It has been an amazing experience to have traveled through the seasons as well as travel the canals. I began in darkest winter, literally dark by about 4 pm, but I could see right into the distance during the day – there were no leaves on the trees. And hardly any boats moving on the canal. As we moved into spring the birds began to mate, and build nests. And the flowers came and then the leaves on the trees. So many daffodils! A personal favourite. And then the lambs and chicks came. It is almost impossible not to count how chicks or cygnets there are in a family group, and it is quite a challenge. They skitter all over the place, it is as if they hydrofoil, they paddle with their feet so quickly that they rise up out of the water and wizz along the surface. They almost seem drawn to passing in front of the boat even though Mom is on the opposite side. Then they chirp like crazy trying to find her after they are on the wrong side. I have had to abandon coming in to a mooring because one was between the canal side and the boat. Finally it scampered away, if you can scamper in water.
Now the grass is even greener, the fields are filled with crops including rape, which we call canola, and the trees are in full leaf so my view is limited unless there is a break.
The lambs are growing up, it is amazing how fast they grow, and their moms have been sheared. Who knew sheep have such long legs. Sadly, the wool is not used commercially, it is too coarse. In this age where we are trying to reduce our use of synthetics it is sad that we can not find more use for this natural fibre. Sheep that give good wool for weaving and knitting are from sheep specially bred for that and are not usually used for meat.
Each year this group of men get together to travel the Thames, virtually from the source, but I am not sure where they end. They have all made their boats by hand, although some were not using them this year. One used his feet, like a paddle boat. He could read while he traveled!
I am in the middle of a stretch of single-handing and it never ceases to amaze me how much help has been to hand every day. Lucky lucky me. When you have crew and someone helps you out at a lock it is a bonus, when you are single-handing it is invaluable and you really appreciate canal etiquette. What is canal etiquette you may ask? Well, it is a lovely thing. If you arrive at a lock that is already in use you take over closing it and the people in the lock move on. This works whether you are going in the same direction, or opposite direction. I have been single-handing for three days, and every day I have had help at the locks. Today is a perfect example. I was just pulling Little star out of a lock with ropes when a boat showed up behind me. It was the first lock of 9. They took over the lock and I drove to the next lock. I set up the lock, e.g. fill it with water, as all of them were empty on arrival, open it and drive my boat in and close the lock. By which time the boat following would have arrived behind me. The top paddles would be opened, and the lock emptied, and they would open the gates and I would drive to the next lock and repeat the whole process. In the pouring rain. Yes, it is June 7th and it feels like March or April, not early summer. Now, I got to the last two locks, and low and behold, there were volunteers. No fair weather volunteers either. They were all wrapped up in rain slickers and they helped me through to the end. The Napton locks were in the bag, now for a long stretch with no locks.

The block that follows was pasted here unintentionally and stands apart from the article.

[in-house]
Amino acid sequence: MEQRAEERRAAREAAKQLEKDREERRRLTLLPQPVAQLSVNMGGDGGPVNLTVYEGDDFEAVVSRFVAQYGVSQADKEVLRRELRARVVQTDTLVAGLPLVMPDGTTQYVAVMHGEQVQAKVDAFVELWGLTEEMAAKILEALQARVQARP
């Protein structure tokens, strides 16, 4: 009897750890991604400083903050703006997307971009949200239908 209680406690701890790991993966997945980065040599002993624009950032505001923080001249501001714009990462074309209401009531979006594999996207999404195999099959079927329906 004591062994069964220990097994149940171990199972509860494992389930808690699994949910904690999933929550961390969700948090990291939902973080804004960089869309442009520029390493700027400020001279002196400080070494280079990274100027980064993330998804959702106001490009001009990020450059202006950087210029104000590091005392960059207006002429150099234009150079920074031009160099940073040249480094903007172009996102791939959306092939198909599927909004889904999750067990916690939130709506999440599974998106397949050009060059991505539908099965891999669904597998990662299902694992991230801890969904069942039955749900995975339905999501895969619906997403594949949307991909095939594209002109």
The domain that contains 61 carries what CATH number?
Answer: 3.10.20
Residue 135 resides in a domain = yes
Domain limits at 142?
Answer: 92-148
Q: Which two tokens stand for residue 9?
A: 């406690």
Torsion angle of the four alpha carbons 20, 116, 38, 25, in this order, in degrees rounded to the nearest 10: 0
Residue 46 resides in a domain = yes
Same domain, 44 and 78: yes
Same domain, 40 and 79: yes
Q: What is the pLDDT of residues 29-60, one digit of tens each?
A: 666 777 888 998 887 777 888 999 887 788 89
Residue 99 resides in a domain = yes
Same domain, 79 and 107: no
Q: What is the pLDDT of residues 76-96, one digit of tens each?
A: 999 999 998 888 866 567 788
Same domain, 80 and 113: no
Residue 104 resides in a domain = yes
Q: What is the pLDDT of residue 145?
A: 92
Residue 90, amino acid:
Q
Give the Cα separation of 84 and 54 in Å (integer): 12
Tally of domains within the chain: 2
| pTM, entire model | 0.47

After a hot shower, and several hours figuring out the route back to my home base, Overwater Marina, I went to the local pub, The Folly Inn, to back up all my devices, and hopefully all the pictures that I was having trouble with would be sorted out by icloud, and, of course, to have a drink. And in the pub were the three people on the boat behind that were helping me.
All from Perth, Australia, doing a couple of weeks on the canals. So of course a round of drinks were bought for them and we had a lovely chat after I got my devices sorted out and a bit of this blog written.
I sat down at a table that has an electrical outlet, necessary for all that backing up, and at the same table were a couple with a greyhound. Turns out they are fostering him, his name is Alan. He dislocated his hip and after a while was given up by the dog racing people. There was no treatment for the dislocation so his body has done the best it can to stabilize the joint and he is under weight. They are re-habbing him for adoption. Turns out they are both trainers for guide dogs for the blind. Talk about pulling on my heartstrings. Zoey was a failed hearing dog, and she dislocated her hip. I think Alan will land on his four paws with a good family.
It is getting busy here in the pub, I am at a table that has been booked for 7.30 and they have arrived so it is musical chairs at the moment as we all get sorted out, the couple with Alan have moved tables and I need to evacuate. So more later.
Something I keep meaning to write about is the number of houses that have pv (photo-voltaic) panels on their roofs. Now I know that it takes good government subsidies to get a huge uptake in innovative technology that is quite expensive but I am still impressed. Sometimes a whole flock of houses situated together are covered with panels. It warms my heart to see all of these mini power stations generating power. I wonder how many panels it takes to put one coal burning power station out of work, and how many more for a nuclear power station. And wind turbines are common here, but it seems more in the north than the south. I haven’t seen too many from canal, but I have seen lots of high tension wires with their massive pylons appearing to march over the countryside and I know I would prefer to see elegant windmills. Apparently traditional windmills were seen as an eyesore when they were first built and now we treat them as tourist attractions.